Santana’s current living conditions are a concern for her mental health and ability to safely raise her children. If Ms. Santana continues therapy weekly and is relocated immediately to a safer and secure housing unit, her symptoms will decrease over a significant period of time.”
30. Ms. Santana continues to need a transfer to a different public housing unit away from the site of the trauma she experienced at 60 Sixth Street to accommodate her anxiety, depression, and PTSD.
31. Over two years after her reasonable accommodation request, the BHA has not provided Ms. Santana with the necessary transfer.
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HUD ADMINISTRATIVE PROCESS
32. On or around November 2, 2015, Ms. Santana filed a timely Fair Housing Complaint against the BHA and KimberLee Centeno with HUD. Pursuant to 42 U.S.C. § 3610, the Secretary of HUD conducted and completed an investigation of the complaint, attempted conciliation without success, and prepared a final investigative report. Based upon the information gathered in the investigation, the Secretary, pursuant to 42 U.S.C. § 3610(g)(1), determined that reasonable cause existed to believe that an illegal discriminatory housing practice had occurred. Therefore, on August 11, 2016, the Secretary issued a Charge of Discrimination, pursuant to 42 U.S.C. § 3610(g)(2)(A), charging the above named Defendants with engaging in a discriminatory housing practice on the basis of disability.
33. On September 1, 2016, the BHA elected to have the claims asserted in the HUD Charge of Discrimination resolved in a civil action pursuant to 42 U.S.C. § 3612(a).
34. Following this Notice of Election, the Secretary of HUD authorized the Attorney General to commence a civil action pursuant to 42 U.S.C. § 3612(o).
CLAIM FOR RELIEF
35. Plaintiff re-alleges and herein incorporates by reference the allegations set forth in paragraphs 1–34, above.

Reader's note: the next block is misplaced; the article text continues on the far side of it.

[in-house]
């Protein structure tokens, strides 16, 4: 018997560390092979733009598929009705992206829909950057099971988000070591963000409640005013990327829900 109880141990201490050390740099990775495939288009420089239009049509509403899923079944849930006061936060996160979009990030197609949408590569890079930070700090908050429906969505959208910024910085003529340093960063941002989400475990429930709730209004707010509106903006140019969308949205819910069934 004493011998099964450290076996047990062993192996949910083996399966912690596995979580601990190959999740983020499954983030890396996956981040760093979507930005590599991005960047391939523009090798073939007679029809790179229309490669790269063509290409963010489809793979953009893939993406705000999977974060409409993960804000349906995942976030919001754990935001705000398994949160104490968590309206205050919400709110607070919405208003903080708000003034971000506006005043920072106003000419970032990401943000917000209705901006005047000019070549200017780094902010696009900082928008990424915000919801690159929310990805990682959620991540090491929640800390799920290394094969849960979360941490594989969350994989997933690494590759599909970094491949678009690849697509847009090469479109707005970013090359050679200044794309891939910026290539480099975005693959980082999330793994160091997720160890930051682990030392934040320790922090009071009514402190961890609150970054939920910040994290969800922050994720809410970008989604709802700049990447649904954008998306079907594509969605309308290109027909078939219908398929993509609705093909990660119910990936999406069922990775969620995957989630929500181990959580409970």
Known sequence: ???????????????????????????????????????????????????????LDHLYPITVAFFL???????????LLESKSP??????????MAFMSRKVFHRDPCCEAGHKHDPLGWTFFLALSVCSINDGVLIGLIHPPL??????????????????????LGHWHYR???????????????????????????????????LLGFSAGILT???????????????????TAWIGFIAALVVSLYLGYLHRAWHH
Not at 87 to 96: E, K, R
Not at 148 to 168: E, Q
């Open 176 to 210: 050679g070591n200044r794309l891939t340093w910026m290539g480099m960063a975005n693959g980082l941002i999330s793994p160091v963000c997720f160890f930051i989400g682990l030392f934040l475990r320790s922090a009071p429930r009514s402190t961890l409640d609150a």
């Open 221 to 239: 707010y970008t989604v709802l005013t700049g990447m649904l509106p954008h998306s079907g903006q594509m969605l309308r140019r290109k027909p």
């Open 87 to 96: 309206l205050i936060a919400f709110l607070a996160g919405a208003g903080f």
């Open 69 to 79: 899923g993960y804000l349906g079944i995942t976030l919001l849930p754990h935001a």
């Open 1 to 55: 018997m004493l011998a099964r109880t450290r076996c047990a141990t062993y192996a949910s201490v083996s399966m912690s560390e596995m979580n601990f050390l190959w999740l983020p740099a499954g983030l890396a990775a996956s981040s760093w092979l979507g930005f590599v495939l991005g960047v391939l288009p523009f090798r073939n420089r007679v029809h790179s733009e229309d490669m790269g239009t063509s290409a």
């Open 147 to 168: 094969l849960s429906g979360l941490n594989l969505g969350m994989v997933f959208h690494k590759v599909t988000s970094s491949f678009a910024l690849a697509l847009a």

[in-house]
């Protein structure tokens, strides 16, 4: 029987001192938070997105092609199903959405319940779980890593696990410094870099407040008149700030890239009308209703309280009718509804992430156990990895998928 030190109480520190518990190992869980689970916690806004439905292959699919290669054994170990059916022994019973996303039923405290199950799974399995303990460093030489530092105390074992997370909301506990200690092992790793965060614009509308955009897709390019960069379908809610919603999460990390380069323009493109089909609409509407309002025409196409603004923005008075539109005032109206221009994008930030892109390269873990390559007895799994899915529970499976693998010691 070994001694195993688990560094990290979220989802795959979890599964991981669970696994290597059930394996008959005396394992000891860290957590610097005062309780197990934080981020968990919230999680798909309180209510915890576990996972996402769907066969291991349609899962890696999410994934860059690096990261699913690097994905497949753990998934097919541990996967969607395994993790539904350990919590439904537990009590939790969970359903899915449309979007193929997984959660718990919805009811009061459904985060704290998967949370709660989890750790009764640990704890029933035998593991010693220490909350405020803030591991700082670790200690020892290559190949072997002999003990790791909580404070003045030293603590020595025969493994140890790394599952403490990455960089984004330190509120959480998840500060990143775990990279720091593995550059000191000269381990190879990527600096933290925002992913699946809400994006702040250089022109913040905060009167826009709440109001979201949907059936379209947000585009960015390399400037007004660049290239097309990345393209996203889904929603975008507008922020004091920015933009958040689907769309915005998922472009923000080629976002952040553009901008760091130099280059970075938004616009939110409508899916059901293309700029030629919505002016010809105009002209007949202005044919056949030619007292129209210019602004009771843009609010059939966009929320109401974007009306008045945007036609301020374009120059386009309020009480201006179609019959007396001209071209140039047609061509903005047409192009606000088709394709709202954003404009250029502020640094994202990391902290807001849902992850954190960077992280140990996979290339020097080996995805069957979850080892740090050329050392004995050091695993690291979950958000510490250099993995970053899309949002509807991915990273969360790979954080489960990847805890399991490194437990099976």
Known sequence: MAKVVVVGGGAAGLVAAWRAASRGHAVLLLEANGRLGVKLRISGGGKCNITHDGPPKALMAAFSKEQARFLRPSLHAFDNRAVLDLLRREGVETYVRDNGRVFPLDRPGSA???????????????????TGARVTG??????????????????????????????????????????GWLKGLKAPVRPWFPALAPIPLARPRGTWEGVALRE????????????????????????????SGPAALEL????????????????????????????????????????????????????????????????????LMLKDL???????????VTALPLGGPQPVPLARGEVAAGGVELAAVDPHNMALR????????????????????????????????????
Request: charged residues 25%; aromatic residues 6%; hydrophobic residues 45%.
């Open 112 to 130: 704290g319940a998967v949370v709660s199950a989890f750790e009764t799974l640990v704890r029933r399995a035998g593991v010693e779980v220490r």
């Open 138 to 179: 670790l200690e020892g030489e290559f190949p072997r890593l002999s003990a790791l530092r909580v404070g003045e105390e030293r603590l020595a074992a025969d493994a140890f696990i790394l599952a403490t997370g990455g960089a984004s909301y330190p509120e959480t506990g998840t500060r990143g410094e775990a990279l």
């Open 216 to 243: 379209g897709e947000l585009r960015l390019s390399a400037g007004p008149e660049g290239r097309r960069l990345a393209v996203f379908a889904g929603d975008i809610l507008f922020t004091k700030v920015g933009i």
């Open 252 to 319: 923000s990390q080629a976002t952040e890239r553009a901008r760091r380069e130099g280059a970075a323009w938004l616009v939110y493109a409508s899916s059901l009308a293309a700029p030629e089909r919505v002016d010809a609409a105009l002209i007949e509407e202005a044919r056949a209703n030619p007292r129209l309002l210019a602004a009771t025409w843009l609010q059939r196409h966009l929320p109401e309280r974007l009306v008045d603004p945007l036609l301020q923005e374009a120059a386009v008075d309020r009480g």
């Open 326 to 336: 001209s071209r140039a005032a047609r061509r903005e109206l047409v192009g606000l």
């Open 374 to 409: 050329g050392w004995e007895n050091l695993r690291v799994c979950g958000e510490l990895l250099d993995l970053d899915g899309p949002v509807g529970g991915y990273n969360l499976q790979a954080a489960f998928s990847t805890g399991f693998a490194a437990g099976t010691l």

36. By the actions set forth above, Defendants have:
a. Discriminated in the terms, conditions or privileges of the rental of a dwelling, or in the provision of services or facilities in connection therewith, on the basis of disability, in violation of 42 U.S.C. § 3604(f)(2); and
b. Refused to make reasonable accommodations in rules, policies, practices or services, when such accommodations may be necessary to afford such person
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equal opportunity to use and enjoy a dwelling, in violation of 42 U.S.C. § 3604(f)(3)(B).
37. As a result of the Defendants’ discriminatory conduct, Ms. Santana has suffered actual injury and damages and is an aggrieved person within the meaning of 42 U.S.C. § 3602(i).
38. Defendants discriminatory actions as set forth above were intentional, willful, and taken in disregard for the rights of Ms. Santana.
WHEREFORE, the United States of America prays for relief as follows:
1. A declaration that the discriminatory conduct of Defendants as set forth above violates the Fair Housing Act, 42 U.S.C. §§ 3601, et seq.;
2. An injunction against Defendants, their agents, employees, successors, and all other persons in active concert or participation with any of them from:
a. Discriminating on the basis of disability, in violation of the Fair Housing Act;
b. Failing or refusing to take such affirmative steps as may be necessary to restore, as nearly as practicable, Ms. Walsh to the position she would have been in but for the discriminatory conduct; and
c. Failing or refusing to take such affirmative steps as may be necessary to prevent the recurrence of any discriminatory conduct in the future.
d. An award of monetary damages to Ms. Santana for the harm caused by Defendants’ discriminatory practices, pursuant to 42 U.S.C. §§ 3612(o)(3) and 3613(c)(1).
3. The United States further prays for such additional relief as the interests of justice may require.
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Dated: November 10, 2016
Principal Deputy Assistant Attorney General
SAMEENA SHINA MAJEED
ANDREA K. STEINACKER
Special Litigation Counsel
U.S. Department of Justice
Civil Rights Division
Housing and Civil Enforcement Section
DEIRDRE M. DALY
United States Attorney
NDIDI N MOSES, ct27456
Assistant United States Attorney
UNITED STATES ATTORNEY’S OFFICE
1000 Lafayette Boulevard, 10th Floor,
Bridgeport, CT 06604
Telephone: (203) 696-3000